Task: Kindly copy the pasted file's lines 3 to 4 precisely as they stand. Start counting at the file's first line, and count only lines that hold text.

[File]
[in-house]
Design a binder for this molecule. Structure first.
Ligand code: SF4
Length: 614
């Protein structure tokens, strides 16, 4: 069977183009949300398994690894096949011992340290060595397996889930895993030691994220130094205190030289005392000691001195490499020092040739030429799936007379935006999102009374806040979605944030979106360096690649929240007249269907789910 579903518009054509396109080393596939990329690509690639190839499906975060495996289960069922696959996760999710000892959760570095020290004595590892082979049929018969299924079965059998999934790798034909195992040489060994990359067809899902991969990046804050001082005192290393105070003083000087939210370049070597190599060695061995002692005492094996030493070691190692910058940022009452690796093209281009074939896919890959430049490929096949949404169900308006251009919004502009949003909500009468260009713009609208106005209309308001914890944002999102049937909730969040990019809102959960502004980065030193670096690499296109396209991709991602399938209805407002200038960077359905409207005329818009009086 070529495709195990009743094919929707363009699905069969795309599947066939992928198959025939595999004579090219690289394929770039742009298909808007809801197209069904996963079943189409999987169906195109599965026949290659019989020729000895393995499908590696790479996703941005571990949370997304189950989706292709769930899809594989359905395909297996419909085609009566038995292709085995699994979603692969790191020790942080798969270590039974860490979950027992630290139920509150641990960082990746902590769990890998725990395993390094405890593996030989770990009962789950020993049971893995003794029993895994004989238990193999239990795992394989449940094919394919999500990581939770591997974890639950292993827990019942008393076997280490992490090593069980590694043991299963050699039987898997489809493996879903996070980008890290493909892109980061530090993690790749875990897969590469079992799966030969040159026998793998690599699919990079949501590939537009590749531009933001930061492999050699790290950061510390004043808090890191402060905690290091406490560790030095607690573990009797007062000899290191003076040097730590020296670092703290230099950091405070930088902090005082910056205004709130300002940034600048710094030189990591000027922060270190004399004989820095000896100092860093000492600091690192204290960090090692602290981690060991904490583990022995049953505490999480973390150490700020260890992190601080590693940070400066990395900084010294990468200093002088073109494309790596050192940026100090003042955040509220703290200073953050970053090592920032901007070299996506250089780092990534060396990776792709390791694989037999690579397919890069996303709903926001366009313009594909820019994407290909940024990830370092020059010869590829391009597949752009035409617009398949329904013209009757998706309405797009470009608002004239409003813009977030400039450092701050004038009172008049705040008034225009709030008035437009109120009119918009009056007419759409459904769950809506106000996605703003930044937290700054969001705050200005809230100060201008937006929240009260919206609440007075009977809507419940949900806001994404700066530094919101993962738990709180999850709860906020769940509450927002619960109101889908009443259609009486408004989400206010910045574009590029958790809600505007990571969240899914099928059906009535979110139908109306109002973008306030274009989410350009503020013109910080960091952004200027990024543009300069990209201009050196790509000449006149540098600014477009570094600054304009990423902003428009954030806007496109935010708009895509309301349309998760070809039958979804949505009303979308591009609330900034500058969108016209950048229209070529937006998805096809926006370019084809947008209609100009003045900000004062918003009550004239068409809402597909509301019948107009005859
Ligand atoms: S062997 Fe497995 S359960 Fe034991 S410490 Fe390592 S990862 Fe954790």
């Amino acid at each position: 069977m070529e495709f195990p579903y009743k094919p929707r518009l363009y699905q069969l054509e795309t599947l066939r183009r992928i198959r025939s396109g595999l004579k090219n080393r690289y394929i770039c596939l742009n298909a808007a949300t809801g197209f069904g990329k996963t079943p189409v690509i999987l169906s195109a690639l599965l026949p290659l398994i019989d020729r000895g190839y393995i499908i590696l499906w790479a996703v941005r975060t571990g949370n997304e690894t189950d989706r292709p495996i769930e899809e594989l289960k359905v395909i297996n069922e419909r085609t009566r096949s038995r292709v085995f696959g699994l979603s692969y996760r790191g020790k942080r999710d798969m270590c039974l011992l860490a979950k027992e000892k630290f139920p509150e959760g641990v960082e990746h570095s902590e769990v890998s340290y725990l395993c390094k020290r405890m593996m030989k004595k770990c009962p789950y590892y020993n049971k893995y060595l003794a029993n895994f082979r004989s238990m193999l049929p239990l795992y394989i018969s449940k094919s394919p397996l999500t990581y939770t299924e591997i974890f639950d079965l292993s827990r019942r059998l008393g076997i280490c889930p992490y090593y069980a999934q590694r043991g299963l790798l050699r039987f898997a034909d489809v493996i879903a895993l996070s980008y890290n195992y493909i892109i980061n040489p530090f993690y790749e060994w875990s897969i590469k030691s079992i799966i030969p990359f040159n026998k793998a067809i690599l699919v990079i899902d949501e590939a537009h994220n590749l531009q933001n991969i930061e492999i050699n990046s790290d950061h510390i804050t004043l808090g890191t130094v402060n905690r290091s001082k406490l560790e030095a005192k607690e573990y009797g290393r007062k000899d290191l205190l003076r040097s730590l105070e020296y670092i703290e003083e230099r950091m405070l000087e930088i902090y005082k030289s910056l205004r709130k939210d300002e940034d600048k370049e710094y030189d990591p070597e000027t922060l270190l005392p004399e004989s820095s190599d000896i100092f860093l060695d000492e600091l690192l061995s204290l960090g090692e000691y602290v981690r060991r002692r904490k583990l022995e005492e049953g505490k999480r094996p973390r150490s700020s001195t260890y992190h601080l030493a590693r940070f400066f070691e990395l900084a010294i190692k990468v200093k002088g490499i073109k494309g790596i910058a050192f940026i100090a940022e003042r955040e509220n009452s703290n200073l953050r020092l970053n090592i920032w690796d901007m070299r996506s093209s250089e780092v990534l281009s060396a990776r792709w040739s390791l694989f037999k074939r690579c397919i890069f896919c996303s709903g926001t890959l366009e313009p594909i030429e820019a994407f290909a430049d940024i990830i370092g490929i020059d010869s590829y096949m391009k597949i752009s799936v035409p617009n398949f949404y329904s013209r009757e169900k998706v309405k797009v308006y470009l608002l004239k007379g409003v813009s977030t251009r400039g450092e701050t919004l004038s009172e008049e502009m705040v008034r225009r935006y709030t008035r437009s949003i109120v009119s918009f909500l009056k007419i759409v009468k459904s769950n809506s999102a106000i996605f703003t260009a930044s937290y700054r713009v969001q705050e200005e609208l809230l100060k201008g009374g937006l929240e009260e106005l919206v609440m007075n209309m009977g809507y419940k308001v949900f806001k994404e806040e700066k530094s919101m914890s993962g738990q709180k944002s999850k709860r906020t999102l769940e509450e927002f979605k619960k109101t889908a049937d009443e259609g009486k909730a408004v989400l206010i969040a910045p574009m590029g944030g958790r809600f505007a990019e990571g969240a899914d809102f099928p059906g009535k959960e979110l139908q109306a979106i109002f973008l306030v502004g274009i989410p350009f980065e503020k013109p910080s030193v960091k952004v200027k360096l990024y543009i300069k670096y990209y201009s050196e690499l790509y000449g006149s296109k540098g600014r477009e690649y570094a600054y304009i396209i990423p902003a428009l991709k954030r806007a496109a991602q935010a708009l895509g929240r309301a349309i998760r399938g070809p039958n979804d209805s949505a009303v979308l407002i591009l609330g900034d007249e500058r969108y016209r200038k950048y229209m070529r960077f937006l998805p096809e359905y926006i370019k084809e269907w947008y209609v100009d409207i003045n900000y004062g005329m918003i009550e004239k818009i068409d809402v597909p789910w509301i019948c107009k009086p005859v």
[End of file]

Ligand code: SF4
Length: 614